Is one of your kids brighter? Shyer? More outgoing? A new study says your perception of these differences exacerbates them.
Focusing on academic achievement of siblings, research from Brigham Young University found that "parents' beliefs about their children, not just their actual parenting, may influence who their children become," says Alex Jensen, lead author of the study, published in the Journal of Family Psychology.
For example, the majority of the parents of the 388 teenage first- and second-born siblings involved in the study said their firstborn did better in school. But on average, both kids earned similar grades.
"A mom or dad may think that oldest sibling is smarter because at any given time they are doing more complicated subjects in school," says Jensen. 'The firstborn likely learned to read first, to write first, and that places the thought in the parent's mind that they are more capable, but when the siblings are teenagers it leads to the siblings becoming more different. Ultimately, the sibling who is seen as less smart will tend to do worse in comparison to their sibling."
These often misinformed beliefs have real implications: The child who parents believed to be smarter tended to do better in the future, while the other child had a slightly lower academic performance the next year, resulting in a 0.21 GPA difference among siblings.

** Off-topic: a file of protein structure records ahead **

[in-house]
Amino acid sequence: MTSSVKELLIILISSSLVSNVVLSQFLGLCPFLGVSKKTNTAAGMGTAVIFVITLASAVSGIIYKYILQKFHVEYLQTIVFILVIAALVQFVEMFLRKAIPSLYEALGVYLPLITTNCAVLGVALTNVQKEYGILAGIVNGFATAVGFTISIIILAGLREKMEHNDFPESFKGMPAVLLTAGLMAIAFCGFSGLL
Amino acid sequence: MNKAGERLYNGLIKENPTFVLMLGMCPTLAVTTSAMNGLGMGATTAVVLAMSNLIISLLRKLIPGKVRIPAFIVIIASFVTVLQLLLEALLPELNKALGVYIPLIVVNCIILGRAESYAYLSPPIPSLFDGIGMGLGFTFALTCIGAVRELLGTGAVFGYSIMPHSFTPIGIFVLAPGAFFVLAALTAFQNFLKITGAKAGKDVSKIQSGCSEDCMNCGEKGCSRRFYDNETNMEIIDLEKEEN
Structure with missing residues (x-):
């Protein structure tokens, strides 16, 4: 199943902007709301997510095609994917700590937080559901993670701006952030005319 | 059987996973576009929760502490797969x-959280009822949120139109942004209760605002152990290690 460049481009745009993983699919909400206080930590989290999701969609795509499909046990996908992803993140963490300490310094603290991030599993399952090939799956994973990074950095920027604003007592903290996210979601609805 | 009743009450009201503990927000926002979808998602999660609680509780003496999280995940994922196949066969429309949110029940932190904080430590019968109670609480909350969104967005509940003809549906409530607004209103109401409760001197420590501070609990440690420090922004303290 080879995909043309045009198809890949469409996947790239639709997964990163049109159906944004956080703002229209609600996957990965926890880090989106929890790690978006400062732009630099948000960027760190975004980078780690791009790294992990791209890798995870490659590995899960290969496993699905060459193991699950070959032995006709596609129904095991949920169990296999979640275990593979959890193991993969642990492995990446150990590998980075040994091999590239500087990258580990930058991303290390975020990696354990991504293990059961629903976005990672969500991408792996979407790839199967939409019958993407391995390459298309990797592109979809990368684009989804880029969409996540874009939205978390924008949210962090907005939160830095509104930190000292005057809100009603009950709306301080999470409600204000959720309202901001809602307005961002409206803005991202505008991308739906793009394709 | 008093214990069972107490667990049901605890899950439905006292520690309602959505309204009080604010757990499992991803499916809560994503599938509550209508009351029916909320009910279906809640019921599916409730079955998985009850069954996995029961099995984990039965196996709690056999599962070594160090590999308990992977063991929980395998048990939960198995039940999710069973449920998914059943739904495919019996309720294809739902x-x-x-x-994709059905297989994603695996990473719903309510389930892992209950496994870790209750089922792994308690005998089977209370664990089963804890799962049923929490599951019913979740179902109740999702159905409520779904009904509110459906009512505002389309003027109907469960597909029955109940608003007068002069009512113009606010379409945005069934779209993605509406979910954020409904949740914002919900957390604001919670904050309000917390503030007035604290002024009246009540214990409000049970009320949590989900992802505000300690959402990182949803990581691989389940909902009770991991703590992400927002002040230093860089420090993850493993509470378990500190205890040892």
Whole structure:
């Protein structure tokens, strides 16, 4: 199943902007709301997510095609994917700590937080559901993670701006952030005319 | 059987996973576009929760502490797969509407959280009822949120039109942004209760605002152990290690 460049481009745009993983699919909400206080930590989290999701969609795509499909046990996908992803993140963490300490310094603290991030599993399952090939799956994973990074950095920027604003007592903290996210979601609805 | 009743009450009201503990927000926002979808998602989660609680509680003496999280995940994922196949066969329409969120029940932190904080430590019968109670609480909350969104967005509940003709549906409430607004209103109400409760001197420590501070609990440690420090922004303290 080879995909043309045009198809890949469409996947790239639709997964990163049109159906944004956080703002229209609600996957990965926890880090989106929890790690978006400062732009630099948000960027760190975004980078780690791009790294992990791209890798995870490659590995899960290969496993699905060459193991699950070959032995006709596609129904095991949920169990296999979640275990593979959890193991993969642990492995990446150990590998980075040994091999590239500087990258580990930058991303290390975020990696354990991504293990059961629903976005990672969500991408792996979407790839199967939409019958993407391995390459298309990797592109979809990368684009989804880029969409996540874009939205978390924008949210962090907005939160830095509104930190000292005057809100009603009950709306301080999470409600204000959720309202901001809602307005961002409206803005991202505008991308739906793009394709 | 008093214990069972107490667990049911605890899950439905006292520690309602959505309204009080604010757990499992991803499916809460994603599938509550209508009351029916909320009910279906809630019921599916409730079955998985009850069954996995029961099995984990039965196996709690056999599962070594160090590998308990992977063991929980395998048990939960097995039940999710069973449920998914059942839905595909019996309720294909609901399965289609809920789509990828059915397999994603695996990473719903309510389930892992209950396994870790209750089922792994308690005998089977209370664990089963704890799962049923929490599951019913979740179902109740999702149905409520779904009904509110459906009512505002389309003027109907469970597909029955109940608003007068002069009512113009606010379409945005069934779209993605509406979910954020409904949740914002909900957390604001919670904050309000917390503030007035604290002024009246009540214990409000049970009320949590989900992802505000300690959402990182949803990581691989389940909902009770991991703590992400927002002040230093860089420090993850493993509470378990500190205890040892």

"That may not sound like much, but over time those small effects have the potential to turn into siblings who are quite different from one another," says Jensen.
There is an exception, though: when the firstborn is a son and the second is a daughter.
"Parents also tend to think their daughters are more academically competent than their sons, and at least in terms of grades that seems to be true," says Jensen.
So how do you combat this parent bias?
"It's hard for parents to not notice or think about differences between their children, it's only natural," Jensen says. "But to help all children succeed, parents should focus on recognizing the strengths of each of their children and be careful about vocally making comparisons in front of them."